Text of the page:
This just socks.
I had an interview several weeks ago with a woman whom my recruiter described as a “socialite”. No joke. The woman actually used that term to describe herself. I stopped listening to the rest of the job description while on the phone as images of a wealthy woman danced around my mind, entertaining the celebrities and debutantes of Houston while dining on fine caviar and champagne. I grew more and more excited, picturing myself in a glamorous floor length gown, laughing at Jason Bateman’s witty jokes and giving big hugs to Kate Hudson. These celebrities don’t live in Houston but surely we would meet somehow. I would be invited to all the best Hollywood parties, and weekends in the Hamptons. As I brought my awareness back, I agreed to the interview. I had to meet this woman.
Other things I knew about her:
-famous Jewish author/speaker
-lives in River Oaks
-has an INCREDIBLY demanding social calendar
-hosted Richard Gere and the Dalai Lama at her home when they were in town
When my recruiter was describing her to me, she kept mentioning that she was working on her second “doctrine”. Through context clues I realized she probably meant “doctrate”, considering the fact that the “doctor” already had her PhD and was going back to school for a second one. A second doctrine. A new set of beliefs. Don’t we all need a new set every now and then?
It sounded promising. At the very least, good blog fodder. The interview was scheduled to be at her mansion in River Oaks, one day after work. Very well. My recruiter called to remind me to call her “Dr. so and so”, not “Mrs…”. I sighed and hung up the phone. What is this, amateur hour?
That morning I put on my best (only) suit, some sharp pointy toe boots, and I’m off. I research her all day long and find that she has done countless interviews and written heaps of articles on the subject of juvenile education, behavior and development issues.
Very cool. I would be most happy to edit these articles and help her with her papers.
I get lost trying to find her house. Turns out, you have to look for the uber secluded driveway shrouded with trees and foreboding to trespassers. I pull up and the massive white colonial gawks at me expectantly. But I’m not nervous – just curious.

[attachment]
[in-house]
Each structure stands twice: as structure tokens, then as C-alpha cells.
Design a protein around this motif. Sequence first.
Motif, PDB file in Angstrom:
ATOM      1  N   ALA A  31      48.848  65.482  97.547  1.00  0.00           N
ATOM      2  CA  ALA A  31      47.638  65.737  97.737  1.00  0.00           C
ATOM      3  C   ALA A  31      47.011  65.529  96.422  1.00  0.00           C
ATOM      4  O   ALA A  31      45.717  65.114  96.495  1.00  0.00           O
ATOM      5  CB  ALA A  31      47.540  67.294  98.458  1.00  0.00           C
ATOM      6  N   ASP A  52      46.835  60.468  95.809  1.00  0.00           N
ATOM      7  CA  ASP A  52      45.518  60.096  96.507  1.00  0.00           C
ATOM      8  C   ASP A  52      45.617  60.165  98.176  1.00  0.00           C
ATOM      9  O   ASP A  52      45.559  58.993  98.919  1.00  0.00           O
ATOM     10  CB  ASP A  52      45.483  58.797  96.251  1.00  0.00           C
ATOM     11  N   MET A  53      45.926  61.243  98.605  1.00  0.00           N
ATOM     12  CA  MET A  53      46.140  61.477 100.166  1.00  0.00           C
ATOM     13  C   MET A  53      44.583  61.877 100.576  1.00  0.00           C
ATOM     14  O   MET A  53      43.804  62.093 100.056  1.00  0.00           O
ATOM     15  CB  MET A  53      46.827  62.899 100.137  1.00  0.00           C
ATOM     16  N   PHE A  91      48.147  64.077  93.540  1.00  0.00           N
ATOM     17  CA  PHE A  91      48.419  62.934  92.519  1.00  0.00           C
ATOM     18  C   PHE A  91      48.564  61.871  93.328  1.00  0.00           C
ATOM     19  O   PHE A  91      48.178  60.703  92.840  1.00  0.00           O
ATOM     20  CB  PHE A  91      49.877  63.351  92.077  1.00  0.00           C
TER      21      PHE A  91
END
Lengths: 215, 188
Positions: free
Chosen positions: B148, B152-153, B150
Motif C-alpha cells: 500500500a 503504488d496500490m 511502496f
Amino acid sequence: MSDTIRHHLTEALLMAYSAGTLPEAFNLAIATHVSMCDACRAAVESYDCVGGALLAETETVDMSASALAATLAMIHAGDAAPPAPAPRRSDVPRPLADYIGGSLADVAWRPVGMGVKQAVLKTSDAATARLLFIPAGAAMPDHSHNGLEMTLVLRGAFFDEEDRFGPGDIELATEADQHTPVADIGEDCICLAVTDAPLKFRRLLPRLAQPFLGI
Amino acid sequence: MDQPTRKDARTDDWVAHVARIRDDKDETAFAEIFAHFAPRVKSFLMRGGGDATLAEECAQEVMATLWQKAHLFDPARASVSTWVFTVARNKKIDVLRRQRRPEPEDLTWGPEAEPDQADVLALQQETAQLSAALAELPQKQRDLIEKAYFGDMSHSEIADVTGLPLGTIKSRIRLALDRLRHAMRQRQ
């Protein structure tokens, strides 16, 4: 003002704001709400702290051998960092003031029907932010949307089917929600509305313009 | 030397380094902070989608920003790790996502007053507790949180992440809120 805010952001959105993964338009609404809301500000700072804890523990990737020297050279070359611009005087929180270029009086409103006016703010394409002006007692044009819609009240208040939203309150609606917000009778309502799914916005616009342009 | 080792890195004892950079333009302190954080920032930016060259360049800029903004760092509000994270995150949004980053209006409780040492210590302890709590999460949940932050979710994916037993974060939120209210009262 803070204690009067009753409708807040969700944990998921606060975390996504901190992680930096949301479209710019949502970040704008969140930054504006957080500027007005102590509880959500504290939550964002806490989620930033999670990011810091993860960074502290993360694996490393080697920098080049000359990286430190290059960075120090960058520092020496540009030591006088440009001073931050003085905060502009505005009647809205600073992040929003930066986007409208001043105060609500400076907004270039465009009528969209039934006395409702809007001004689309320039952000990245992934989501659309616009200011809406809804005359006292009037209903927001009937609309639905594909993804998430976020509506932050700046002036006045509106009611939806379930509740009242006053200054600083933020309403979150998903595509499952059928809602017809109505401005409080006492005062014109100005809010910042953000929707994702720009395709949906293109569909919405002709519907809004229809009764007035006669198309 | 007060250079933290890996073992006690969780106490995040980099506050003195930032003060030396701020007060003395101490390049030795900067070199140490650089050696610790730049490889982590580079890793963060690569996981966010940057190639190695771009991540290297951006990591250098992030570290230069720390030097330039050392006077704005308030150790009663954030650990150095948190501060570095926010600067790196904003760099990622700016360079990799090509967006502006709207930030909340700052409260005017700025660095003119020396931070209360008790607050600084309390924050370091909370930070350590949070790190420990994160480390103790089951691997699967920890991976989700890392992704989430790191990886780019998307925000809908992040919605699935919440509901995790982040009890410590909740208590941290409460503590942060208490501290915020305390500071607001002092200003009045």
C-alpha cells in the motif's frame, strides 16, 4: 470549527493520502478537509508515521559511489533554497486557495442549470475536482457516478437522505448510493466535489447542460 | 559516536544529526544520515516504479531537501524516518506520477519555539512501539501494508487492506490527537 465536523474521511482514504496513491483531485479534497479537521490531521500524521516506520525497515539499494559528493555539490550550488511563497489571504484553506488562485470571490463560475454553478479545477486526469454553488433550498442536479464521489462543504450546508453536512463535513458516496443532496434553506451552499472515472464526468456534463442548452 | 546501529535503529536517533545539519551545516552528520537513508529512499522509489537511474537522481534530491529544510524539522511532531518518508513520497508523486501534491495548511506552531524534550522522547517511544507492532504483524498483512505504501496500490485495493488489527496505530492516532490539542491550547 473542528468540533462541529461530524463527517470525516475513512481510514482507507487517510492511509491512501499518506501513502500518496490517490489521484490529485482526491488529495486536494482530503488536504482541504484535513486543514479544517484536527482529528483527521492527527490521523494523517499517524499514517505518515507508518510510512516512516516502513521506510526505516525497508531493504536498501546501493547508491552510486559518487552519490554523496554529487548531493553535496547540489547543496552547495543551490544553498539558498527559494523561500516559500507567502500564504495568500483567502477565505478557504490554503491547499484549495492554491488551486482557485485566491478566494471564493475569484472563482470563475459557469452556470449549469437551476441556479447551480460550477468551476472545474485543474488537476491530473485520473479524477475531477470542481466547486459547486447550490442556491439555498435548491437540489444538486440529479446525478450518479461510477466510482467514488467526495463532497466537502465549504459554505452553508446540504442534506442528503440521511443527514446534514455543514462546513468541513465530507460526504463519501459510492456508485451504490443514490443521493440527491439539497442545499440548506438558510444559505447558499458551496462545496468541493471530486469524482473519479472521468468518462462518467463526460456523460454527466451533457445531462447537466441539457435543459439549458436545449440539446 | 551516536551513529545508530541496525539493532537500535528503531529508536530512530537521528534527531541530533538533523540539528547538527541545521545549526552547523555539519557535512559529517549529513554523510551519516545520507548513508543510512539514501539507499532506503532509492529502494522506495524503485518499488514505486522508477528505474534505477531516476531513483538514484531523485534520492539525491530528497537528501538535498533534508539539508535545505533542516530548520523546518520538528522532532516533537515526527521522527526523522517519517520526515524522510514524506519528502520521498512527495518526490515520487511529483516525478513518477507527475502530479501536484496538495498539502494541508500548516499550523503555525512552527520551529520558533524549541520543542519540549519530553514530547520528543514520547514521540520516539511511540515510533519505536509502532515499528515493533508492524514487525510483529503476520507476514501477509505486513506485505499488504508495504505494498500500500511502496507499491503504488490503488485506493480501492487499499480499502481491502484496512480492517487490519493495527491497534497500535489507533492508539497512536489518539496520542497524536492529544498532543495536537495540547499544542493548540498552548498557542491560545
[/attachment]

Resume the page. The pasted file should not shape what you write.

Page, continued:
I ring the bell and a sweet maid answers the door. IN A UNIFORM. What is it with rich people and their need for uniforms?
She asks me to take off my boots. I hesitate. It’s a bit of an odd request really. I’m not used to kicking off the old boots and padding around in my socks for an interview. The first thought that goes through my mind is “this woman must be so uptight.” This thought then led to the next problem. If she was the type of woman who demanded her guests to be shoeless, she would certainly be bothered by my sock choice of the day:
One Halloween sock and one Christmas sock.
But I just shrugged and took off my boots. Nothing I can do about it now. The interview went as expected – she is a grandmother in her 70’s and has had so much plastic surgery her face is smoother than mine. Her home is literally DRIPPING with wealth. I walked through 5 rooms in the south wing before getting to her sitting room where I was to interview.
She asked me if I led a very organized life, apart from my socks. Oh, you.
She mentioned how glamorous this job would be, that I would be talking to Richard Gere, Goldie Hawn, Bill O’Reilly, minister this, queen that, etc.
Give it a rest lady.
She also gave me quite a lot of suspicious looks, as if every answer I gave her was a full blown lie. It was the strangest, most beautiful experience ever.
But I didn’t get the job. I’m sure it was the Christmas sock, defiling her Jewish home.
Bummer. I really wanted to ask Richard Gere what working with Julia Roberts was like. She’s swell 🙂